The Trump administration’s eagerness to deport Mexico’s supposed “bad hombres” means that every month, some 11,000 more undocumented immigrants are sent back across the border. Many have been Stateside for decades — they own successful U.S. businesses, are respected members of their communities, have American kids, and sometimes even had the government’s explicit permission to stay. That makes their return to Mexico, where they land jobless and potentially thousands of miles away from family and friends, a little difficult, to say the least. Angered by this situation, an American expat who runs a barbecue restaurant in Mexico City is trying to do his small part to hook deportees up with honest work at a restaurant whose shtick also happens to be classic Americana.
The spot’s name is Pinche Gringo (essentially Mexican slang for “dumb American”), and it was founded in 2014 by native New Yorker Dan DeFossey after getting a firsthand intro to barbecue and the nation south of the border while teaching high school in Texas. Pinche Gringo’s 50-person staff now boasts seven workers who were either deported back to Mexico, or repatriated for personal reasons. At first, DeFossey says he wasn’t expressly looking to hire people who’d been in America, but then he started watching President Trump ratchet up his anti-Mexican rhetoric, and felt ashamed. “That’s our government. I feel responsible for it,” he tells the L.A. Times, adding that he’s since realized that Mexicans who return Americanized actually are the ideal job applicant at Pinche Gringo.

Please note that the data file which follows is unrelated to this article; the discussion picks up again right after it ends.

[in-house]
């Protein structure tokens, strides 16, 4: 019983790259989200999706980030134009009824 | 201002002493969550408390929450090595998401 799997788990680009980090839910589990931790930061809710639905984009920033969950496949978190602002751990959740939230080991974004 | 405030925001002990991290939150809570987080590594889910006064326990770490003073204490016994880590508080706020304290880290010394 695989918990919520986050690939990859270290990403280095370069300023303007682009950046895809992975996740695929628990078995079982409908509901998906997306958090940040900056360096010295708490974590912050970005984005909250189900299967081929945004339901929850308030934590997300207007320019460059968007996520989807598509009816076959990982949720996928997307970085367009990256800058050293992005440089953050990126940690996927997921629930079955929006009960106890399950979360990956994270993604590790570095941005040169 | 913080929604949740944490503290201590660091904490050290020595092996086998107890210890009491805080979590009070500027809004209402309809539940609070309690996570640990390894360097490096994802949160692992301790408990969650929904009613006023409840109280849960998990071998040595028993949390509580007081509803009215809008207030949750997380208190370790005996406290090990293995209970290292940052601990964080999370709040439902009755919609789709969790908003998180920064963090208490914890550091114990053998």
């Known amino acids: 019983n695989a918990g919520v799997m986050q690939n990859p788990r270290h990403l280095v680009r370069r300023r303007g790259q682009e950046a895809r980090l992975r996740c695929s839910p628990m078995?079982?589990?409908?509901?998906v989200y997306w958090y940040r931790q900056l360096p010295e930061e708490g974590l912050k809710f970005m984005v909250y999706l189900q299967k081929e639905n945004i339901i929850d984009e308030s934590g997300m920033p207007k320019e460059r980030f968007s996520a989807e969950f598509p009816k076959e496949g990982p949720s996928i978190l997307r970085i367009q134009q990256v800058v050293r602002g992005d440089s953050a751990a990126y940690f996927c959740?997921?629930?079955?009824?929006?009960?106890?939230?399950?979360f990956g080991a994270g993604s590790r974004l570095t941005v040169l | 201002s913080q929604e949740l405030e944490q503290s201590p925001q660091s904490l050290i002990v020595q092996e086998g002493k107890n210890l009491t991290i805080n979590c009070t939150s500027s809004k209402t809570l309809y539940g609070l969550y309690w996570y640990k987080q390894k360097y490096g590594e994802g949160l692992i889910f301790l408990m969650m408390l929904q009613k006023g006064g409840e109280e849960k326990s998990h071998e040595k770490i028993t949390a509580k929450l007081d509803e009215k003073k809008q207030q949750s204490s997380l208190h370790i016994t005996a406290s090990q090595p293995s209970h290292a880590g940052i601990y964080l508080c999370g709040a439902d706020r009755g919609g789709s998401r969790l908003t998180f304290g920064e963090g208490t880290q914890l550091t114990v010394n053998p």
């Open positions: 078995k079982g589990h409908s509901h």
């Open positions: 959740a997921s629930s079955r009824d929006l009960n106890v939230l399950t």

The restaurant is described as a spot where the air’s thick with the smell of brisket, a humongous U.S. flag adorns one wall, country music is played live, and the bar stocks bottles of Bud — things the deportees working there admit to missing.
One of them is a 30-year-old cook who left for New York at age 14, then worked his way from washing dishes to running a higher-end kitchen in Boston. Another employee actually owned two barbecue restaurants in Oklahoma City, before returning to Mexico to apply for a green card that he never got.
A third sweated in Florida kitchens for a decade, but got deported following a DUI. Like many back-of-house staff in the U.S. these days, he tatted up both of his arms — but in Mexico, tattoos are often associated with violent gangs, so he struggled to find work. At Pinche Gringo, it was no problem, and the Times says he’s ended up helping create two of the restaurant’s most popular sides: mac and cheese and a coleslaw dish.